Pan is absolutely incredible in the garden and I am not
talking about sandwich with jelly either. I am talking
about Peter Pan, the compact or dwarf lily of the Nile
that is packed with a ton of flower power.
will confess I have always been passionate about
Agapanthus or Lily of the Nile but I always went for the
big selections. Even the name Peter Pan just didnít
ring my bell, so to speak. Now however as I look across
a sea of blue next to our water garden and I feel so
guilty that I never gave them the spot they so deserved.
name Agapanthus comes from the Greek words
"agape" for love and "anthos" for
flower. Growing it will likely generate an agape-type
feeling for the plant. Commonly called Lily of the Nile,
or African lily, the botanical name, Agapanthus
africanus, refers to its origin.
africanus has been in the United States the longest, and
it is actually considered an heirloom plant. Then there
are Agapanthus praecox, Agapanthus campanulatus and
hybrids that lead to much arguing among taxonomists over
the correct names of the various cultivars. Stay
out of the argument and simply grow them.
the variety Peter Pan causes arguments. These small
plants reach about 10 to 12 inches in height then sends
up a bounty of 12 to 18-inch tall stalks of those
glorious light blue, globe-like blossoms. There are more
flowers on these pint sized plants than you ever
imagined, and they just keep coming.
references suggest Lily of the Nile is cold hardy to
zone 7. Some varieties are evergreen and some are
deciduous. Many of the evergreens can lose their leaves
in the winter and still put on a show for summer if the
temperature did not get too cold. Peter Pan dies to the
ground in zone 7, semi-evergreen in zone 8 and evergreen
in zone 9. We got to 18 at the Coastal Georgia Botanical
Gardens, and it didnít flinch.
Agapanthus is in the Amaryllis family. While the plant
is listed in bulb books, it is really produced on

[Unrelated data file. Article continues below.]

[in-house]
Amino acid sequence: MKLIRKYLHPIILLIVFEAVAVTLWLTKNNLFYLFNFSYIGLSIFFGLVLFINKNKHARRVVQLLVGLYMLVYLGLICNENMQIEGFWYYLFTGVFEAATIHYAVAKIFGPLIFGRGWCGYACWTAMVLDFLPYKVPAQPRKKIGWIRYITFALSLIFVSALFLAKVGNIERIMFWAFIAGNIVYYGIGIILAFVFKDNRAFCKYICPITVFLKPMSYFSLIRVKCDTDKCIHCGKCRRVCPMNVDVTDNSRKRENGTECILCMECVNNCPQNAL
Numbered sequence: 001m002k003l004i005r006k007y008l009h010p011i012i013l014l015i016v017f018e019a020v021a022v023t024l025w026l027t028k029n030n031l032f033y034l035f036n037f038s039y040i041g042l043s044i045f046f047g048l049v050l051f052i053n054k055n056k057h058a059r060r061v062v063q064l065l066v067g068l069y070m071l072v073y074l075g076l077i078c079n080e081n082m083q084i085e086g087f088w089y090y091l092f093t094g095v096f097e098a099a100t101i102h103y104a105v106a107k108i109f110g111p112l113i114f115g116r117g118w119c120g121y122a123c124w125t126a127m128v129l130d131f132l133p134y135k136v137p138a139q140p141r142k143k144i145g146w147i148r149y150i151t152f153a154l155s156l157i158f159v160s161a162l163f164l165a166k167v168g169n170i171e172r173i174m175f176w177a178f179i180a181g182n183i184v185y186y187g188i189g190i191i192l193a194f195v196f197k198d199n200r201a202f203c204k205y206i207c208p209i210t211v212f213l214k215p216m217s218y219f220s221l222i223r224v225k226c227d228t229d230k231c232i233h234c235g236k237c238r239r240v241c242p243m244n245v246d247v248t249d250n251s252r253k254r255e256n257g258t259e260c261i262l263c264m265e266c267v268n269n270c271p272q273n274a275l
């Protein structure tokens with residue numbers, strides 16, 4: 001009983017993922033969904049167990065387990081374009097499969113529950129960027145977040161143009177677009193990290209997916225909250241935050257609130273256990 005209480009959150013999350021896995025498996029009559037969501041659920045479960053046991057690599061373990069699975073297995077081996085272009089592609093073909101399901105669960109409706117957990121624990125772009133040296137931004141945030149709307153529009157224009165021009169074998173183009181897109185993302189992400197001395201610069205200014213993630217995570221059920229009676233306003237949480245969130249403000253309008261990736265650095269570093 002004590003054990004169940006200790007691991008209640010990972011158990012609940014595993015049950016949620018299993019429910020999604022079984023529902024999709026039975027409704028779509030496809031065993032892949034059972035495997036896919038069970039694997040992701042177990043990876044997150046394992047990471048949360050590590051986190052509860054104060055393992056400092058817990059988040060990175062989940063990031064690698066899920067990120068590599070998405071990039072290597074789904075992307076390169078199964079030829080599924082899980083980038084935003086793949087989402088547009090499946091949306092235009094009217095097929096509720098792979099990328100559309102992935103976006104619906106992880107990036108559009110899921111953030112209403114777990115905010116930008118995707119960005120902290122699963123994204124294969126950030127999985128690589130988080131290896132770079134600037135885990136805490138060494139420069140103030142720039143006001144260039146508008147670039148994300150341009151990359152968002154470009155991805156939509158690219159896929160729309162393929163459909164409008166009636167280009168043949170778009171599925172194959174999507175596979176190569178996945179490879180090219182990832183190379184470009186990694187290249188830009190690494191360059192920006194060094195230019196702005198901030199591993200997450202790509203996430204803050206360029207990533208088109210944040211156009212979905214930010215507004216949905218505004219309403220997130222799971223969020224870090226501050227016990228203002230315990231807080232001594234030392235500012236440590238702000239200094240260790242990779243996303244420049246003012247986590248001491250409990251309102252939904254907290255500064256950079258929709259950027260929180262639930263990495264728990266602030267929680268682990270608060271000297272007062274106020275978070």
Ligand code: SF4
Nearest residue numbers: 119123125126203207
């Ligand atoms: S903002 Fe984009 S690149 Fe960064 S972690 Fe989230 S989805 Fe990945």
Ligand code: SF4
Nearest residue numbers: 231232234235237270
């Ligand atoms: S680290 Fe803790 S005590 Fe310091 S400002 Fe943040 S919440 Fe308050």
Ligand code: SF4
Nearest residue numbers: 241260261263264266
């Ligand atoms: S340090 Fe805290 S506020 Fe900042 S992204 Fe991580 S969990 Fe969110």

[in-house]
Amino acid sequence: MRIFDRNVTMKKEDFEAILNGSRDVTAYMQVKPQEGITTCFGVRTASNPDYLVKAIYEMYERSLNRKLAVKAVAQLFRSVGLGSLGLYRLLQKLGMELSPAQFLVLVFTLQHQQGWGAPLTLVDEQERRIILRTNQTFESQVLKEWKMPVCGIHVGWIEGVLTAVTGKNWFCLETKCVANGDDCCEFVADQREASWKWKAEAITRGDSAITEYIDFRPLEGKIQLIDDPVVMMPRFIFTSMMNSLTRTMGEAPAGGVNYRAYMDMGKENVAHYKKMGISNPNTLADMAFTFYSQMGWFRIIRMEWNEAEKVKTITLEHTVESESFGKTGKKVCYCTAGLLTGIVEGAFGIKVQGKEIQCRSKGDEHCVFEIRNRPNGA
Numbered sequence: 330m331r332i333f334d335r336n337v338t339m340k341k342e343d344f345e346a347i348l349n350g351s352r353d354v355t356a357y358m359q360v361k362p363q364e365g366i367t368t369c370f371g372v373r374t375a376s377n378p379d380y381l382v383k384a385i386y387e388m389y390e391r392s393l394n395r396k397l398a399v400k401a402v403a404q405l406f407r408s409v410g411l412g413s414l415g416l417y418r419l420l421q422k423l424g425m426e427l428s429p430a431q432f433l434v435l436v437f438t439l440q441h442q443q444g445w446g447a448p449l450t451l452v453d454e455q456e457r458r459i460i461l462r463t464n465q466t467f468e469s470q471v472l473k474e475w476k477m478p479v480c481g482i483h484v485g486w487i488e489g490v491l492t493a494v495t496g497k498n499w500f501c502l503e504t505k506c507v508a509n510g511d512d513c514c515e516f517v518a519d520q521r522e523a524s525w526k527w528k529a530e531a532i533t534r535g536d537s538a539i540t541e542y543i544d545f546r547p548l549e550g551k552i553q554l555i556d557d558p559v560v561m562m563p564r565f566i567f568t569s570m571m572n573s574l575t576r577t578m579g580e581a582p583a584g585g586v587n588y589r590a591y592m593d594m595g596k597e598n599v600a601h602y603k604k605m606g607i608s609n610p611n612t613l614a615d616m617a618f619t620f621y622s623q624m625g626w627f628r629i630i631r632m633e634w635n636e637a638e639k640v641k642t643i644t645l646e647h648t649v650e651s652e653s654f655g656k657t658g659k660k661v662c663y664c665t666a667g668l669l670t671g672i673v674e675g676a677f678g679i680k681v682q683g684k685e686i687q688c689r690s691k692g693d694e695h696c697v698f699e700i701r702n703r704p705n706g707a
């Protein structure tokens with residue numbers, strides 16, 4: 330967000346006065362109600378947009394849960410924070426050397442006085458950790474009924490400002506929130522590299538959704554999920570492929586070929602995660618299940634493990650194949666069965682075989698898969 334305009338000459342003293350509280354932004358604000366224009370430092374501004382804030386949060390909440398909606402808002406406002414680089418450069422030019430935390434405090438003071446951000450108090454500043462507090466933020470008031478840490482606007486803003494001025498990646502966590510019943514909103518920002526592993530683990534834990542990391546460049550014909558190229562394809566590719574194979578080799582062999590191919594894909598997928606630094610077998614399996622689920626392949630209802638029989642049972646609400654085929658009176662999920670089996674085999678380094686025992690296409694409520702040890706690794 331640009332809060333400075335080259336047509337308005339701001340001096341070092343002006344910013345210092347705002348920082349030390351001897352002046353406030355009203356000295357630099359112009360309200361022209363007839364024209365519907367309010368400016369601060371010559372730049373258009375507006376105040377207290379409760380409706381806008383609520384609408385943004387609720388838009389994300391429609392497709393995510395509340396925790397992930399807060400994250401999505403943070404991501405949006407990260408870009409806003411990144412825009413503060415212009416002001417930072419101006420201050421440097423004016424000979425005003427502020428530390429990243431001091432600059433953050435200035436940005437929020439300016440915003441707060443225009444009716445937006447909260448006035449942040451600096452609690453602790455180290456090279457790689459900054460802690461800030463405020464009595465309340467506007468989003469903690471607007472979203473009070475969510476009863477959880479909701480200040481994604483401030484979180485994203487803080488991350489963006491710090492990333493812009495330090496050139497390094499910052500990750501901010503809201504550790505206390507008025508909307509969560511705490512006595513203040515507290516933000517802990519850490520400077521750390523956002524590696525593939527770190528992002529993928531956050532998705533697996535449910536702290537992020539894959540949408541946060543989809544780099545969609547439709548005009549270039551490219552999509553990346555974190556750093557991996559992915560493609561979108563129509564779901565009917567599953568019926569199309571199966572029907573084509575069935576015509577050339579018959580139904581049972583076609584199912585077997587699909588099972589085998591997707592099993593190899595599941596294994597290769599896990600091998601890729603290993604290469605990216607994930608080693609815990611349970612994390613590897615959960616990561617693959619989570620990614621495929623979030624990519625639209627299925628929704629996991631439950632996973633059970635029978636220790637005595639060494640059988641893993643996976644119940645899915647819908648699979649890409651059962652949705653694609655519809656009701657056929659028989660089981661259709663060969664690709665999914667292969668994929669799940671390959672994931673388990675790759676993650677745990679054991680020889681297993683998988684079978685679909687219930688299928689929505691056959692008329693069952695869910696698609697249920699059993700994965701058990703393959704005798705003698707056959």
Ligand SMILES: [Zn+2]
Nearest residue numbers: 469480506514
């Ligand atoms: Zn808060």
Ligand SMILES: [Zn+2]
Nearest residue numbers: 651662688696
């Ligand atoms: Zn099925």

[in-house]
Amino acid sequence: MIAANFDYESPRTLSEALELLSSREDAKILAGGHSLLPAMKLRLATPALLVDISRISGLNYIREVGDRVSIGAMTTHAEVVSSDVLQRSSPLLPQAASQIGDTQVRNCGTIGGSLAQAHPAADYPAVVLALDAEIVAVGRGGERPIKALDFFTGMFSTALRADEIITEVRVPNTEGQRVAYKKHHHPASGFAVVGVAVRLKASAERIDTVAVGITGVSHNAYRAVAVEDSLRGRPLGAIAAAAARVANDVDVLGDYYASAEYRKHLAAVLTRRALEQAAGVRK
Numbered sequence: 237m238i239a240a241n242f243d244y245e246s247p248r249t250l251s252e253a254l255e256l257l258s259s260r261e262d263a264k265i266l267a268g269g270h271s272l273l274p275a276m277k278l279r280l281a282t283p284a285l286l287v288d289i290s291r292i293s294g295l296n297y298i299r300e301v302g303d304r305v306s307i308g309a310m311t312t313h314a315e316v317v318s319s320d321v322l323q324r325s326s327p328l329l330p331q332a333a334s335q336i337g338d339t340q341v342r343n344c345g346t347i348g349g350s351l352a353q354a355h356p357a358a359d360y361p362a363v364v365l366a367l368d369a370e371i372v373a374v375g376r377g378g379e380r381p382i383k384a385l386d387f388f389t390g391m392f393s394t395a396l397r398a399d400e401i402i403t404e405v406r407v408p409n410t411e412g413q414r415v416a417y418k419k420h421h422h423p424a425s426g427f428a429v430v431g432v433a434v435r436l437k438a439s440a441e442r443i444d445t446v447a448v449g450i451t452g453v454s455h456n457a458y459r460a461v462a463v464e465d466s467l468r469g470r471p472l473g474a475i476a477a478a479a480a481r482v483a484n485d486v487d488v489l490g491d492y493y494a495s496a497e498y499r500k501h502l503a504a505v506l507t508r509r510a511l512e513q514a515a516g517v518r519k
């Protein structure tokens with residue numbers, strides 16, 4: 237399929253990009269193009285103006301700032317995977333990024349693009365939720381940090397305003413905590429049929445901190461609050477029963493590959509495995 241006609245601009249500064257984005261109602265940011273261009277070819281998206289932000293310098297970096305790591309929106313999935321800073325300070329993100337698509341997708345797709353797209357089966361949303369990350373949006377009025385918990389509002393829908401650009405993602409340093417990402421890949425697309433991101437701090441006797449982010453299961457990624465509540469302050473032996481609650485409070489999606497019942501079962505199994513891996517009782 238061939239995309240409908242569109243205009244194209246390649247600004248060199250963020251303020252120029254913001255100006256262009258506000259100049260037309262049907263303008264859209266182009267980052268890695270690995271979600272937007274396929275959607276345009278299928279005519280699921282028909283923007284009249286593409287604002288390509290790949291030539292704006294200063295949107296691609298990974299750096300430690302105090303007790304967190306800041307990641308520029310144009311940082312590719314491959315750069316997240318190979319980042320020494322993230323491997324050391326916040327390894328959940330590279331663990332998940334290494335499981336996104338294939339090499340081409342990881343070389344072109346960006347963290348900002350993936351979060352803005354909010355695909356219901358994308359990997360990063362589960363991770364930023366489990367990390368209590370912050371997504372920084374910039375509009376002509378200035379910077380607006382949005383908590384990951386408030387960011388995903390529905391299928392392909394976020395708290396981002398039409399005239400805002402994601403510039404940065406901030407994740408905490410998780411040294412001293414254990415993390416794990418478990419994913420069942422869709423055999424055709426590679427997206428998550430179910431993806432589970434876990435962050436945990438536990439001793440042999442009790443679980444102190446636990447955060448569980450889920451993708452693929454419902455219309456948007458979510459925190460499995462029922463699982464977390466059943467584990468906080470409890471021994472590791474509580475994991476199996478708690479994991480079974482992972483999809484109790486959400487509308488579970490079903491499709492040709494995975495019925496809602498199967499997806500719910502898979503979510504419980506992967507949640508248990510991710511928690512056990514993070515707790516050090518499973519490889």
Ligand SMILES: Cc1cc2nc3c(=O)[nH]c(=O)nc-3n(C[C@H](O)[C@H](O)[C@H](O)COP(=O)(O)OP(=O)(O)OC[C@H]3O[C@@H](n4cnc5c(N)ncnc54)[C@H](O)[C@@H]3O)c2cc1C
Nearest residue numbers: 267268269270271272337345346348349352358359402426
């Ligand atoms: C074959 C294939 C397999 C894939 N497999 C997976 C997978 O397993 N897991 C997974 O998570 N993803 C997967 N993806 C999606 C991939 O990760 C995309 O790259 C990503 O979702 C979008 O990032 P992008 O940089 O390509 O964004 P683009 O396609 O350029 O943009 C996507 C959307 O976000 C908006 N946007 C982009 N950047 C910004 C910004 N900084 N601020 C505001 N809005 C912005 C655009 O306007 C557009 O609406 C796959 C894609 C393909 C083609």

rhizomes, which are thick, modified stems that grow
below the soil. The globe-like blossoms, called umbels,
may have as many as 20 to 100 flowers, depending on
variety and species blooming from mid-May into July.
with most of our plants, soil preparation plays a vital
role in successfully growing the Lily of the Nile. The
rhizomes can rot in wet soils. Prepare the bed by
incorporating from 3-4 inches of organic matter and sand
and till to a depth of 8-10 inches. This soil
preparation will allow maximum drainage and aeration,
and will increase its chances of surviving winter. Be
sure and apply mulch.
you live in a colder region, try what gardeners in Great
Britain do. Store the deciduous types in the garage or
cellar where it is dark and temperatures remain above
freezing. Do not water. Place evergreen types in cool,
lighted areas and water occasionally.
blooming occurs in full sun, so choose a site that
receives six to eight hours of sun. Feed with a balanced
fertilizer or a 1-2-1 ratio in the spring and again in
a plant as beautiful as the Lily of the Nile, there are
numerous ways it can be used in the landscape. You could
not ask for a better companion with yellow or orange
daylilies and or similarly colored canna lilies. Try
them as a patriotic companion with Knock Out roses. No
matter your style you are sure to have an area around
your home that would be more beautiful if you added the
Lily of the Nile.